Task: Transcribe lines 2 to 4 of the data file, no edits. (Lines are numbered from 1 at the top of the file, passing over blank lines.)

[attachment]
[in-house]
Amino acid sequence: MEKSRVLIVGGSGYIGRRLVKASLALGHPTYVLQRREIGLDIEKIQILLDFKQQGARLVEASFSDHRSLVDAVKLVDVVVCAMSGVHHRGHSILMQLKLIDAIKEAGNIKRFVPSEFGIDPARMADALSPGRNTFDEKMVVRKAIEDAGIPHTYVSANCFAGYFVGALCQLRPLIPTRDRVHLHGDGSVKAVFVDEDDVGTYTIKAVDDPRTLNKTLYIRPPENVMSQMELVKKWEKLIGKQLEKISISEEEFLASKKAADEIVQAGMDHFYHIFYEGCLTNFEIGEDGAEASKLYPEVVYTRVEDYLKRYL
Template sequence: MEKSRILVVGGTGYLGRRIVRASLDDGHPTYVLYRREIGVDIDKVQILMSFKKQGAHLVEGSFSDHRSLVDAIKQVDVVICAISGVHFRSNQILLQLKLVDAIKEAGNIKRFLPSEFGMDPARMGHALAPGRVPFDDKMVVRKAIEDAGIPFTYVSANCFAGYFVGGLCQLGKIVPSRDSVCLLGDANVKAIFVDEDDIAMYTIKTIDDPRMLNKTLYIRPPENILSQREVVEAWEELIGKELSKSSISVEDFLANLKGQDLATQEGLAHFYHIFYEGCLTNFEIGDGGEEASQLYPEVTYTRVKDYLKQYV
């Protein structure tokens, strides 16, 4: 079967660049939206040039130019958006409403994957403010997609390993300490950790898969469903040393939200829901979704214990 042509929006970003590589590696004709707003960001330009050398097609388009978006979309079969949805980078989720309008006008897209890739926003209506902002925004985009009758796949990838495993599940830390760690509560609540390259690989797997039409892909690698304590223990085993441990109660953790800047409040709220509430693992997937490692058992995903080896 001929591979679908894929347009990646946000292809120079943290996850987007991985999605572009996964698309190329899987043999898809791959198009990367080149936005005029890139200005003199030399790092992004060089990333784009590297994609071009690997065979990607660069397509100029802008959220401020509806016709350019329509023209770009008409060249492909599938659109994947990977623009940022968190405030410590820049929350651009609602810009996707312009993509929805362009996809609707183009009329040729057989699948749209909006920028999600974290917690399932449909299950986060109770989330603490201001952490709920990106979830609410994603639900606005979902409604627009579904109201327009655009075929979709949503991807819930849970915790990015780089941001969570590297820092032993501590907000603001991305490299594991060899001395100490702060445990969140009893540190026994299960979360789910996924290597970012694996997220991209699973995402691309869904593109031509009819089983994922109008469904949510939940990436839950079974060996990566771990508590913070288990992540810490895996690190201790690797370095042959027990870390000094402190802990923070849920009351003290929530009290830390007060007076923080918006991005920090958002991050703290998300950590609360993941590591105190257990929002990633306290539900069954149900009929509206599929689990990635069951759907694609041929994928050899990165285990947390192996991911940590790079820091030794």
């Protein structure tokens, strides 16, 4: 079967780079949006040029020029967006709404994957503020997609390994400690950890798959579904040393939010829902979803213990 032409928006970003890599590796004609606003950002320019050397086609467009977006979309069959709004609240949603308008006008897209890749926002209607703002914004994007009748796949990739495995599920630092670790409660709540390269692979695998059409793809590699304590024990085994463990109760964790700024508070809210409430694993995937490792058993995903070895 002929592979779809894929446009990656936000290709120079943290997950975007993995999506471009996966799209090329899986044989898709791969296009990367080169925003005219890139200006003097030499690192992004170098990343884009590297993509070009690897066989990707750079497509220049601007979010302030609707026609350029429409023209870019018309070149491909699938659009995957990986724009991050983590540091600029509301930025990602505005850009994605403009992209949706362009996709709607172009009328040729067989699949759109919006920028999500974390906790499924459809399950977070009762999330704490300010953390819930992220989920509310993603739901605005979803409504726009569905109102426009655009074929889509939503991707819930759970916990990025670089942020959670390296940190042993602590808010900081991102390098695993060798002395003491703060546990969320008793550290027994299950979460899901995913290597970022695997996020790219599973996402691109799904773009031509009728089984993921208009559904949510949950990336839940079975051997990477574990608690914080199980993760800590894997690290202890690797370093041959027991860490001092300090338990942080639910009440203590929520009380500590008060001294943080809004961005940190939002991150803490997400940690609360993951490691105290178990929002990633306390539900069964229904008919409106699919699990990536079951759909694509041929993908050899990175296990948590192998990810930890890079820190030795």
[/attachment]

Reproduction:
Amino acid sequence: MEKSRVLIVGGSGYIGRRLVKASLALGHPTYVLQRREIGLDIEKIQILLDFKQQGARLVEASFSDHRSLVDAVKLVDVVVCAMSGVHHRGHSILMQLKLIDAIKEAGNIKRFVPSEFGIDPARMADALSPGRNTFDEKMVVRKAIEDAGIPHTYVSANCFAGYFVGALCQLRPLIPTRDRVHLHGDGSVKAVFVDEDDVGTYTIKAVDDPRTLNKTLYIRPPENVMSQMELVKKWEKLIGKQLEKISISEEEFLASKKAADEIVQAGMDHFYHIFYEGCLTNFEIGEDGAEASKLYPEVVYTRVEDYLKRYL
Template sequence: MEKSRILVVGGTGYLGRRIVRASLDDGHPTYVLYRREIGVDIDKVQILMSFKKQGAHLVEGSFSDHRSLVDAIKQVDVVICAISGVHFRSNQILLQLKLVDAIKEAGNIKRFLPSEFGMDPARMGHALAPGRVPFDDKMVVRKAIEDAGIPFTYVSANCFAGYFVGGLCQLGKIVPSRDSVCLLGDANVKAIFVDEDDIAMYTIKTIDDPRMLNKTLYIRPPENILSQREVVEAWEELIGKELSKSSISVEDFLANLKGQDLATQEGLAHFYHIFYEGCLTNFEIGDGGEEASQLYPEVTYTRVKDYLKQYV
């Protein structure tokens, strides 16, 4: 079967660049939206040039130019958006409403994957403010997609390993300490950790898969469903040393939200829901979704214990 042509929006970003590589590696004709707003960001330009050398097609388009978006979309079969949805980078989720309008006008897209890739926003209506902002925004985009009758796949990838495993599940830390760690509560609540390259690989797997039409892909690698304590223990085993441990109660953790800047409040709220509430693992997937490692058992995903080896 001929591979679908894929347009990646946000292809120079943290996850987007991985999605572009996964698309190329899987043999898809791959198009990367080149936005005029890139200005003199030399790092992004060089990333784009590297994609071009690997065979990607660069397509100029802008959220401020509806016709350019329509023209770009008409060249492909599938659109994947990977623009940022968190405030410590820049929350651009609602810009996707312009993509929805362009996809609707183009009329040729057989699948749209909006920028999600974290917690399932449909299950986060109770989330603490201001952490709920990106979830609410994603639900606005979902409604627009579904109201327009655009075929979709949503991807819930849970915790990015780089941001969570590297820092032993501590907000603001991305490299594991060899001395100490702060445990969140009893540190026994299960979360789910996924290597970012694996997220991209699973995402691309869904593109031509009819089983994922109008469904949510939940990436839950079974060996990566771990508590913070288990992540810490895996690190201790690797370095042959027990870390000094402190802990923070849920009351003290929530009290830390007060007076923080918006991005920090958002991050703290998300950590609360993941590591105190257990929002990633306290539900069954149900009929509206599929689990990635069951759907694609041929994928050899990165285990947390192996991911940590790079820091030794």